Taraxacum officinalis Common name: Dandelion
Parts used: Root, young leaves, (flowers)
Constituents: Sesquiterpene lactones, triterpene steroids (sitosterin, stigmasterin, phytosterin), phenolic acids, polysaccharides (inc. inulin), carotenoids, protein, sugars, pectin, choline, vitamins [the vitamin A content is higher than in carrots; 14,000 iu/ 100 g raw leaves], minerals, bitter principle (taraxacin, taraxacerin), inulin.
Medicinal actions: Leaf: diuretic, choleretic, anti-inflammatory. Root: choleretic, cholagogue, tonic, antirheumatic, bitter, alterative, depurative.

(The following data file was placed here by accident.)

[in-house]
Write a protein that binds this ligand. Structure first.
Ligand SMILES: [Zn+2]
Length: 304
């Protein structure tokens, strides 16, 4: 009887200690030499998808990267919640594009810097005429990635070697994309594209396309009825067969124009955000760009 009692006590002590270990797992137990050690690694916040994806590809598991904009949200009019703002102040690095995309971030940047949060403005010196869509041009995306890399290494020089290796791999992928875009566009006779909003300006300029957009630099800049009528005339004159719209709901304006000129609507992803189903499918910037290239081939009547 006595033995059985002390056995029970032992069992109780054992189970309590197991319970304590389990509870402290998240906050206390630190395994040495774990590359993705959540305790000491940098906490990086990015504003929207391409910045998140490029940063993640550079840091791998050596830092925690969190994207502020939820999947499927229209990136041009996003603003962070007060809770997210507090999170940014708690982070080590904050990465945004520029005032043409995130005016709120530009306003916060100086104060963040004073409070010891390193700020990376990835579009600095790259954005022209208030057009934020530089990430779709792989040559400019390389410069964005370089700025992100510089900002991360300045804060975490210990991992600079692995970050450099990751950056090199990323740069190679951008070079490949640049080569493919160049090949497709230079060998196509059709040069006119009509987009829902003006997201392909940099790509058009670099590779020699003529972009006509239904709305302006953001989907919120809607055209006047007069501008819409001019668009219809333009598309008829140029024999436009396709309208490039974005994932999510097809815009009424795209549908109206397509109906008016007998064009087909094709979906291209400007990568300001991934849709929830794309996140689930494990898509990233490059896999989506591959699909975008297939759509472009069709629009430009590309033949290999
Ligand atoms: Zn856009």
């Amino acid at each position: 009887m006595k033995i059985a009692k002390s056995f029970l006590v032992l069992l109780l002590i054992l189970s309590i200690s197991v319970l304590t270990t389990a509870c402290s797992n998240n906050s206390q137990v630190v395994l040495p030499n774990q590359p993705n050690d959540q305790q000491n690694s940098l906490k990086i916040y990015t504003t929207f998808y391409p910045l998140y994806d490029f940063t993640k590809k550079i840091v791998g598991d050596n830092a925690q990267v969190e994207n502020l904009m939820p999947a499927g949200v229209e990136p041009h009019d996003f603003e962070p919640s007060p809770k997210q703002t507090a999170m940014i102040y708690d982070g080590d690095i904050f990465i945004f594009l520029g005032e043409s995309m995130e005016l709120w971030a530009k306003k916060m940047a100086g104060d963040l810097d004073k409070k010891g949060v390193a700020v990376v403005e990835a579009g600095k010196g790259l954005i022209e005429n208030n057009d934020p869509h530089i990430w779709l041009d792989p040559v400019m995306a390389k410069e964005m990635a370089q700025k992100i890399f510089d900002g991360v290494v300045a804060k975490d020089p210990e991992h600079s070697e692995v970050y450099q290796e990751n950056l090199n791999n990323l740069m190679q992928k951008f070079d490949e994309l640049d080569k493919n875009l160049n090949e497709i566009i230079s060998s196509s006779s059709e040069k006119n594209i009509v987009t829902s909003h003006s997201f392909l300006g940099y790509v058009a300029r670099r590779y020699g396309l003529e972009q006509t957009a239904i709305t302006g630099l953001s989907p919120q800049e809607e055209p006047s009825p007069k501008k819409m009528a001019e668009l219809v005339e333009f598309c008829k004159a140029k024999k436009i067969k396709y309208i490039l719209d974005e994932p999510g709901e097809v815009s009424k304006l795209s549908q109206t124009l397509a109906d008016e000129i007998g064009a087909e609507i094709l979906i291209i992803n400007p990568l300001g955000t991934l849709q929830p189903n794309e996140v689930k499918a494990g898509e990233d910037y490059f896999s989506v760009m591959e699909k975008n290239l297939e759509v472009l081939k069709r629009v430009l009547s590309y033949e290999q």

Medicinal use: The leaves are a potasium sparing diuretic, yet are not overstimulating to the kidneys. The root is stimulating to the digestive system, most notably the liver. It is indicated in any condition of liver and/or gall-bladder inflammation and stasis including cholelithiasis, metabolic toxicity, and jaundice. Taraxacum root is alterative for chronic toxic conditions manifesting as eczema, acne, arthritis, chronic gastritis and enteritis.
Pharmacy: Root decoction: 2-8 g/day. Leaf decoction: 4-10 g/day. Tincture: (1:5) of root and/or leaf, 3-5 ml TID. Dried herb: 4-10 g TID.
Toxicity: Safe herb
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